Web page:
Gonsalves shows how the destruction of natural habitats force wild animals like elephants to go on a desperate search for food and water. Their babies, often unable to keep up, get lost and die.

Gonsalves shows different sides of the pachyderms. As Raghu splashes water on Bomman, a glimpse of playfulness sneaks through; when Bellie talks about the silent comfort he provided when she was grieving a loss, empathy makes an appearance; and when Raghu refuses to eat a ragi ball and spits it out, it’s with the stubbornness of a child. “Everything about him is like a human, except that he cannot speak,” Bellie says in the documentary.

Gonsalves says she hoped that people would find Raghu and Ammu relatable. “It’s interesting to see the many traits that they share with humans. I wanted to enable people to switch from seeing them as the other to one of us. At the end of the day, we all need to coexist in the same space for all of us to survive.”

With The Elephant Whisperers, Gonsalves says she wanted to “let viewers understand both the elephants and the human carers with minimal outside interpretation, and portray the dignity of the elephants and the indigenous people who have lived with them and coexisted and cared for them for centuries.” The importance of indigenous communities’ voice is a core theme in the documentary. Gonsalves seems to be aware of the perils of a saviour gaze. For instance, there is no narrator, no one speaks for Bellie and Bomman; it’s their story in their voice, which is refreshing and powerful.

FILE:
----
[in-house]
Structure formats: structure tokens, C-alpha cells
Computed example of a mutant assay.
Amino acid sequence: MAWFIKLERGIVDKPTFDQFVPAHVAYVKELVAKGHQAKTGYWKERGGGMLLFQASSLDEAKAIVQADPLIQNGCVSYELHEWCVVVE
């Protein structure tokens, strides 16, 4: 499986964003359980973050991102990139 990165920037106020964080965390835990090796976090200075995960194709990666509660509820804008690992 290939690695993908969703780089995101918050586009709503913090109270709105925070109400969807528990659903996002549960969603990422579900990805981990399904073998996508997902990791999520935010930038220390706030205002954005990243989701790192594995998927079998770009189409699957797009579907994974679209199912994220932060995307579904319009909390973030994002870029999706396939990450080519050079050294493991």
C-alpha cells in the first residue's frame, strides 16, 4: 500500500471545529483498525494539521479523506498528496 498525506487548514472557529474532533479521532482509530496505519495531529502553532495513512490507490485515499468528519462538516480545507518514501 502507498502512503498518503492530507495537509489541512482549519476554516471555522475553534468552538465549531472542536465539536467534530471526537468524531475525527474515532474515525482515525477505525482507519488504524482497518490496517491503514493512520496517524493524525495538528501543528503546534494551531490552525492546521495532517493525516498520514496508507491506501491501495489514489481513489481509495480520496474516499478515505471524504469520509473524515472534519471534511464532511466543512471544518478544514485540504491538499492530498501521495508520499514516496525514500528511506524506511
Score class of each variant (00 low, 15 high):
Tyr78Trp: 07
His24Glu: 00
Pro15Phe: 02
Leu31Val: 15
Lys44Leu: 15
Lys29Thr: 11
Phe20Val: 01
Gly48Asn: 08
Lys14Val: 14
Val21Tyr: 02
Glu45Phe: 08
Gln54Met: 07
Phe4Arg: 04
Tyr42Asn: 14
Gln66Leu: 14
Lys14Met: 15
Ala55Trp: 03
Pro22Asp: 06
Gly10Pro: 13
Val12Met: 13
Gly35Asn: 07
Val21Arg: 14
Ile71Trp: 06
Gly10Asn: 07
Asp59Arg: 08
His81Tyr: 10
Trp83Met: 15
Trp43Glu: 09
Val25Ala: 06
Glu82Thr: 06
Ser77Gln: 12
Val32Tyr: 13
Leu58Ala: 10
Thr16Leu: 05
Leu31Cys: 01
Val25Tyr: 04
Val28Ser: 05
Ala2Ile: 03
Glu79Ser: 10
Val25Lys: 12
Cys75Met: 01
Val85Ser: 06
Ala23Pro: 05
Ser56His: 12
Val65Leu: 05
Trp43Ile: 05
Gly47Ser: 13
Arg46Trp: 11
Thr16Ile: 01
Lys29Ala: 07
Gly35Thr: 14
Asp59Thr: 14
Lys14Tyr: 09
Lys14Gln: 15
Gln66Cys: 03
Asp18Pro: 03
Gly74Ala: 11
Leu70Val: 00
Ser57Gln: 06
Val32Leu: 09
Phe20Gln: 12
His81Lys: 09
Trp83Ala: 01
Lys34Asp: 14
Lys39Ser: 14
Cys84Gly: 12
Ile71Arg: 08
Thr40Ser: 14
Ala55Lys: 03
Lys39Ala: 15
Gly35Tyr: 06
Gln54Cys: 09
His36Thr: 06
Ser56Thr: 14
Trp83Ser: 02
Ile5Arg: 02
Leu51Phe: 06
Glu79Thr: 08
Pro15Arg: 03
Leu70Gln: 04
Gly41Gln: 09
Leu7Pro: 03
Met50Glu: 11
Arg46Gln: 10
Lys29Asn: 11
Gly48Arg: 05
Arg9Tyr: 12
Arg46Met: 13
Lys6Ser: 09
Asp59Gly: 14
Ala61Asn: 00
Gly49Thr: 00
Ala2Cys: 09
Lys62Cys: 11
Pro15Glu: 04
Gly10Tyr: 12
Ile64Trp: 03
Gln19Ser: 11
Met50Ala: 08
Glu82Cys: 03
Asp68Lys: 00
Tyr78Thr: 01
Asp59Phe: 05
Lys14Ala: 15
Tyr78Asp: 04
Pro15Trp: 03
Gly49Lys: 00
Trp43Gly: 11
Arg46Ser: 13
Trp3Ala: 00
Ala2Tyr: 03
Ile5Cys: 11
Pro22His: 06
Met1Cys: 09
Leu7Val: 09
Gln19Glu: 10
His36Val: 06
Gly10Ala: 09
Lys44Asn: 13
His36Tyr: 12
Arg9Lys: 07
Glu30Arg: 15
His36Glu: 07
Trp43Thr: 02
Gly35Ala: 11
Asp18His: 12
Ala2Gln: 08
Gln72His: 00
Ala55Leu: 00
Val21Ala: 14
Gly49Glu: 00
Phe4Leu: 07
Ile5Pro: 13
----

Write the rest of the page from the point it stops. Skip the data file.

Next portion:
“For us [tribal communities], the well-being of the forest is all that matters…We live off the forest and we also protect it,” Bellie says as she walks through the forest barefoot, a way of showing it respect.

Talking about Bomman and Bellie as narrators, Gonsalves says, “They had beautiful insights into the way they respect the land and how they live their lives. Moreover, I wanted to eliminate any barrier between the viewers and the story. There is nothing like listening to the story from the people who are living it.”

Gonsalves’ focus on authentic portrayals also expanded to the use of natural light. She wanted the viewers to get an idea of what the days and nights look like for this family. “It’s also an ethical stance because natural light doesn’t interfere with elephants and the use of bright lights that we often use in filmmaking might harm them,” she explains.

One of most beautiful scenes of the film is shot in night: Bomman, Bellie, and Raghu gather around a bonfire and Bellie says, “We have become a family around Raghu and that’s why he survived.”

Watching them, I remember how, as a kid, probably as old as Raghu, I was convinced that elephants were magic—a ploy by a young mind to comprehend their larger-than-life existence. By the end of this documentary, you get a gentle reminder: sometimes humans can be too.